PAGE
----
To choose or not to choose (a Change Makers module)

I’ve been taking a look at some of the qualitative data to come out of the Great Expectations project from 2019/20. It’s given me an interesting insight into student decision-making and wanted to share some of my findings.

By Cleo Bowen
Great Expectations

In the 2019/20 academic year I had the pleasure to work with a group of enthusiastic imperial students on a StudentShapers project called ‘Great Expectations’. In a student-staff partnership we researched what students anticipate, and then experience whilst taking one of our Change Makers modules. Seventy Imperial Horizons students were surveyed in October 2019 as they embarked on in their initial class in one of the following modules:

  • My World: Be Happy/Smart/Sustainable (Year 2)
  • Lessons from History (Year 3/4)
  • Creative Futures (Year 3/4)
  • Global Village: Innovation/Creative Arts Challenge (Year 2)
How did you choose your Horizons module?

I have been focusing on the responses to just one question (of eleven) in the survey. In question 4, students were asked HOW they chose to enrol on their Horizons module. Some potential sources of information/influence were included in a word cloud as a prompt:

Types of Decision-Making

The responses indicate an evaluative process is key for students determining which modules to choose. Having looked through the responses of those who directly answer ‘how’ they made their decision, they loosely fall into three categories of decision-making.

1. Analytic – personal, evaluative approach, based on the self. 

Many students show an understanding of themselves and apply this in their Imperial Horizons module selection process. They think about their strengths, their preferences and their objectives. In this analytic approach, there is a wide range of module aspects students assess against their personal criteria. Examples include:

  • building on/deploying existing skills
  • assessment types and compatibility with deadlines and capacity
  • interest in particular topic eg. sustainability
  • chance of failure
  • whether good for career prospects
  • desire to challenge themself/personal fulfilment           

One student summed it up in “What can I do? What can I learn and achieve? Who can I meet?”. In short, a student is asking themself ‘how does this module interact with me as a person?’

2. Instrumental – outward analytical approach, abstract, information based.

Unsurprisingly most students used the Imperial Horizons website. Yet students were also analytic and categorical, looking beyond the basic, seeking out supplementary information through further online research, reading the almanac (one module), or contacting the module leader. One student describes filtering the modules by desired features:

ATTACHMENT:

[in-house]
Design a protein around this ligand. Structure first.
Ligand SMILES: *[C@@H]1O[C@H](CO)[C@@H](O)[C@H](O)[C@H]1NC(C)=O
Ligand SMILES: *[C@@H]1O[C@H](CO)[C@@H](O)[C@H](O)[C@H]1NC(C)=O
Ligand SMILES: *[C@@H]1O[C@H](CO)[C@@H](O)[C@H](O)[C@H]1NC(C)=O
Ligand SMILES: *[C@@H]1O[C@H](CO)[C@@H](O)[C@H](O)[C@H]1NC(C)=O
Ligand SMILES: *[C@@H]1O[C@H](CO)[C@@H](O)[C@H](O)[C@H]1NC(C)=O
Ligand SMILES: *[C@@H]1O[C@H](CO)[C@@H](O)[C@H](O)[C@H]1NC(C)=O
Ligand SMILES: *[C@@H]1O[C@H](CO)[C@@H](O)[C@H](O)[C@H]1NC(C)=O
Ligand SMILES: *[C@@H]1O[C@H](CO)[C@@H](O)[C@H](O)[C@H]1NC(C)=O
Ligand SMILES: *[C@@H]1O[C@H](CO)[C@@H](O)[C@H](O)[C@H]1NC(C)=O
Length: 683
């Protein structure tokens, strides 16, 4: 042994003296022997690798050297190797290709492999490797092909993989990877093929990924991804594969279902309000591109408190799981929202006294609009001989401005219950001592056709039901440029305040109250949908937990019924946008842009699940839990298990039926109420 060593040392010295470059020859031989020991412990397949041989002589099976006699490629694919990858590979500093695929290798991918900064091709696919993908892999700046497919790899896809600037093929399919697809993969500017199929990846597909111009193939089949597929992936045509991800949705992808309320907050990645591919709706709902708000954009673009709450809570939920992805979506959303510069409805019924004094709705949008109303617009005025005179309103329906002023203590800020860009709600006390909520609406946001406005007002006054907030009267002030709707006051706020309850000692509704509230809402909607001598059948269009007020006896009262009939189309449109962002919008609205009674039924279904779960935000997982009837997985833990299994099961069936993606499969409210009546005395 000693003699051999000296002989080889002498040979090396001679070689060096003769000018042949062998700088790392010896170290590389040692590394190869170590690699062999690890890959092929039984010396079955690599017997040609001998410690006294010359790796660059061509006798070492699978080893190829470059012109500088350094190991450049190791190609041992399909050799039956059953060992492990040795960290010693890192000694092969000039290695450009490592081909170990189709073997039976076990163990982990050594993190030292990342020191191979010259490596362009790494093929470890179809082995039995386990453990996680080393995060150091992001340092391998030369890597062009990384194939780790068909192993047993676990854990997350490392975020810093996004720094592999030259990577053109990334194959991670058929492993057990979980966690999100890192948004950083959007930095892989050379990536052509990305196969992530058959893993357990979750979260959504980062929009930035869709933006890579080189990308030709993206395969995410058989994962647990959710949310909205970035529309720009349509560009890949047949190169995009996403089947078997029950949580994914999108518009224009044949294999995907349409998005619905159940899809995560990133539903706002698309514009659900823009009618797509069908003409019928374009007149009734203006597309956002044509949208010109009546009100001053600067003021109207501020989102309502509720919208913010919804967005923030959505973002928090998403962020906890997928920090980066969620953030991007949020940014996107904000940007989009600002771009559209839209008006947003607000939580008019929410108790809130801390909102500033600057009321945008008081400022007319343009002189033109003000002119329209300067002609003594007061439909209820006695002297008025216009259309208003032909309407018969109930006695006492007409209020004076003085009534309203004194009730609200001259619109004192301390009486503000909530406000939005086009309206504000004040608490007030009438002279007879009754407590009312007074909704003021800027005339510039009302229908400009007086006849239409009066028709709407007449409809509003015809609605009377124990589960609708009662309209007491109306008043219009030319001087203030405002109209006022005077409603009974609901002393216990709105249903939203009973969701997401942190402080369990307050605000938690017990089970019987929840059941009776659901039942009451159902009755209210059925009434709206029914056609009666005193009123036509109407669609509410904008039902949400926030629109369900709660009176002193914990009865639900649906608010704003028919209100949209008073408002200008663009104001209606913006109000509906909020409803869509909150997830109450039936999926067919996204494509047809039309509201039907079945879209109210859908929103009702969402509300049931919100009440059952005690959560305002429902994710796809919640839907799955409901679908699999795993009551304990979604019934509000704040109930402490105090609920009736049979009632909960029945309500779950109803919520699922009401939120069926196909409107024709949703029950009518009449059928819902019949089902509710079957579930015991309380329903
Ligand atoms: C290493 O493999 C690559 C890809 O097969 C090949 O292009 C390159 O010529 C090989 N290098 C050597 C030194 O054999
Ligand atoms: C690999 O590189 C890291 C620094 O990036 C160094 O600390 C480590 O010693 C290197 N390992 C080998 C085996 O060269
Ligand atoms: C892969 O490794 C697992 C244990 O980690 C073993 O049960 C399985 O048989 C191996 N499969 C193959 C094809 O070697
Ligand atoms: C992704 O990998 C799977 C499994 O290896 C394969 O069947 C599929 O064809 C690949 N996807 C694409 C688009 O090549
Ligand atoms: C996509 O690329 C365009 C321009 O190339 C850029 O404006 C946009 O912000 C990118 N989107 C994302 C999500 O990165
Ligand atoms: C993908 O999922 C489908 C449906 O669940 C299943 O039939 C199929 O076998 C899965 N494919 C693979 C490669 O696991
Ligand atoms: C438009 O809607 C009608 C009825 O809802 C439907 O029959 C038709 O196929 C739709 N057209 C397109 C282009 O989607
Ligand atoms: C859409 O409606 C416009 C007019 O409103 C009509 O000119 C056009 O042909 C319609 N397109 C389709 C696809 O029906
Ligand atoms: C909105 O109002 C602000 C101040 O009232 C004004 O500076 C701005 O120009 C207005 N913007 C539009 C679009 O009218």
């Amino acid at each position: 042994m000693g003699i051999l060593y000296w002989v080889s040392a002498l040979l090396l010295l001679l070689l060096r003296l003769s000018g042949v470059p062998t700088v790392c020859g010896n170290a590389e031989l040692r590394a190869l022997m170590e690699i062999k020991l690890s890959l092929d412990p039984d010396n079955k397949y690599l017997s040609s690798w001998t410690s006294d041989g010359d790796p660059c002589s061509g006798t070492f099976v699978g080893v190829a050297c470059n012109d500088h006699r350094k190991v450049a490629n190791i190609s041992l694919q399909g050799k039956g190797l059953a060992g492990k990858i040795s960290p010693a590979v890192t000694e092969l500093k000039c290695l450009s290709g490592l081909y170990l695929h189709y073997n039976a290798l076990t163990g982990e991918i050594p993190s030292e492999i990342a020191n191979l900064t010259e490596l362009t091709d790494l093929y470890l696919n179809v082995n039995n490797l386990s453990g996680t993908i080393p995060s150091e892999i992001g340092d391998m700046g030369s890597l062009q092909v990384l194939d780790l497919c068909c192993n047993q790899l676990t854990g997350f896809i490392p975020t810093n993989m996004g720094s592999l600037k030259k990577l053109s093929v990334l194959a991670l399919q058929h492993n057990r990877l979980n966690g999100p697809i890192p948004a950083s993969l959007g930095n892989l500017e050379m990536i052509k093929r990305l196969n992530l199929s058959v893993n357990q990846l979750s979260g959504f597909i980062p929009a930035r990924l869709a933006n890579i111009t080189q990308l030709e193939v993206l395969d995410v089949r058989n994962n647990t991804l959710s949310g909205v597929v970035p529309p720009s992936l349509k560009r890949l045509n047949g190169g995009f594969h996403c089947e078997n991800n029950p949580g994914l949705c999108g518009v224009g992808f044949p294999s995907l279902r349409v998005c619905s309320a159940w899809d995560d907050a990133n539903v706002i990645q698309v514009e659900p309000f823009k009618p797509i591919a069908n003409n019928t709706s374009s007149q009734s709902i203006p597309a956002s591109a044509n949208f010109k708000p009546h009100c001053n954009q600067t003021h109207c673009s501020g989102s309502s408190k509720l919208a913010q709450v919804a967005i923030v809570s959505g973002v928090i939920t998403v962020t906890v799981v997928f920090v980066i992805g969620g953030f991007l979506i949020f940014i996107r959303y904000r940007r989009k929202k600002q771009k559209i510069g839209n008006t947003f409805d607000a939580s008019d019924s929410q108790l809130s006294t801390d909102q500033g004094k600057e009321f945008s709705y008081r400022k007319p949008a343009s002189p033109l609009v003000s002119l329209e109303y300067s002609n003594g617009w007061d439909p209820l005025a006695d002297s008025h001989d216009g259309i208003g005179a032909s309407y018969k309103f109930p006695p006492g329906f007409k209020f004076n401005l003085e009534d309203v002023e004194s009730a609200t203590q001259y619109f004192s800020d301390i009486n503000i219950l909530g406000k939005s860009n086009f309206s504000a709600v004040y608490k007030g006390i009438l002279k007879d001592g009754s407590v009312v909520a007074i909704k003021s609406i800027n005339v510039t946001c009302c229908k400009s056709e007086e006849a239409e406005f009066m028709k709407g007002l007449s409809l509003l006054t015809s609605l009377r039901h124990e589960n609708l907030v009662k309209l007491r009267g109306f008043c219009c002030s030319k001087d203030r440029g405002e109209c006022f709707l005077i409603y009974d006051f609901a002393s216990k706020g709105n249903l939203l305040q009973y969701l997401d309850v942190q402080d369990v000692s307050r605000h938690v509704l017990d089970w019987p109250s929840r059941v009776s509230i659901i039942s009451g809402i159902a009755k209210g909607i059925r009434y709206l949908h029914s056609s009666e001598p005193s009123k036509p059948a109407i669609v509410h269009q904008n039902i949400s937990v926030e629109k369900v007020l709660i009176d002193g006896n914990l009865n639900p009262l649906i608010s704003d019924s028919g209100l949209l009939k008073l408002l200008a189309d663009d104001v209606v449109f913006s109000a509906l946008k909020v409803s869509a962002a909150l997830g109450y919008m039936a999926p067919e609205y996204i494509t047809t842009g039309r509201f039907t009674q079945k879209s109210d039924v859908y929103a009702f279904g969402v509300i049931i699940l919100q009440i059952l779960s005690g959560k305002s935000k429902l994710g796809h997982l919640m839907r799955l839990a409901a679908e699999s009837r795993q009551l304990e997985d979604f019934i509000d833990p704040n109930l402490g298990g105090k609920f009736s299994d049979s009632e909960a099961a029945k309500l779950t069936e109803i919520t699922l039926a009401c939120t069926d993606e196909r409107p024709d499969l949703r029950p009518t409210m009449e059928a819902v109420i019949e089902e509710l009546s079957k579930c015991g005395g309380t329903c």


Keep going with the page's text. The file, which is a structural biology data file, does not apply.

“I read the web page for courses that sounded interesting […] filtered down to ones with good content. Read about ow the modules are assessed and filtered even more. Ended with a ranking of options for Horizons modules.”

This creates a picture of an unrushed process to reach the best outcome, a scientific one (unsurprisingly), a bit like online shopping for a commodity available in many varieties. This is supported by other responses – others make lists and weigh up pros and cons of a module. At the other end of the spectrum, another used “only the website”, chose 3 and submitted.

Key words play a part. The standout module for this is Global Village Innovation Challenge, the only module where respondents referred to the module’s name specifically. Students were drawn to both the word “innovation” and “challenge”. The feelings evoked by these words clearly influenced their relationship to the module and went some way to creating in the student’s mind the idea that they could achieve a personal goal and have an impact. For Global Village Innovation Challenge, the desire to make a difference, challenge oneself and see change was cited multiple times in the survey.

3. Social – friends, peers, word of mouth.

The third category of decision making demonstrates students putting faith in the opinions of their peers. Some students actively undertook their assessment process with friends, holding a discussion over Horizons modules. Others trusted in student feedback that reached them via online testimonials or discussions heard “during lecture breaks”.  The latter is particularly interesting to consider. A student may base their decision on the opinion of another student whom they do not know personally and cannot guarantee has similar objectives to them (as per decision type 1, above). Yet perhaps the recommendation from another Imperial student that a module is enjoyable and worth being part of is sufficient to allay their concerns when choosing a module to follow for an academic year.

Change Makers: Born and Made

Seventy responses were received for this initial question and I am surprised by the range of answers, the brevity of the process for some, contrasted with the effort taken by others to reach a shortlist or first choice. Naturally, many respondents did not actually answer “how” they chose their module but instead “why”: because they liked the sound of the module and deemed it relevant to their interests. These “why” responses can be explored separately, nevertheless, the volume of responses that cited an interest in sustainability, making an impact in the world and challenging themselves was quite striking. Some cited news, books, well-known personalities, and National Geographic as influencing their decision to take a Change Maker module. This could well support the notion that Change Makers students tend to have an existing interest in real-world issues prior to taking a CM module. Of course, Change Makers can be made as well as born. We’ll have to look at our follow-up Great Expectations survey to learn about that.

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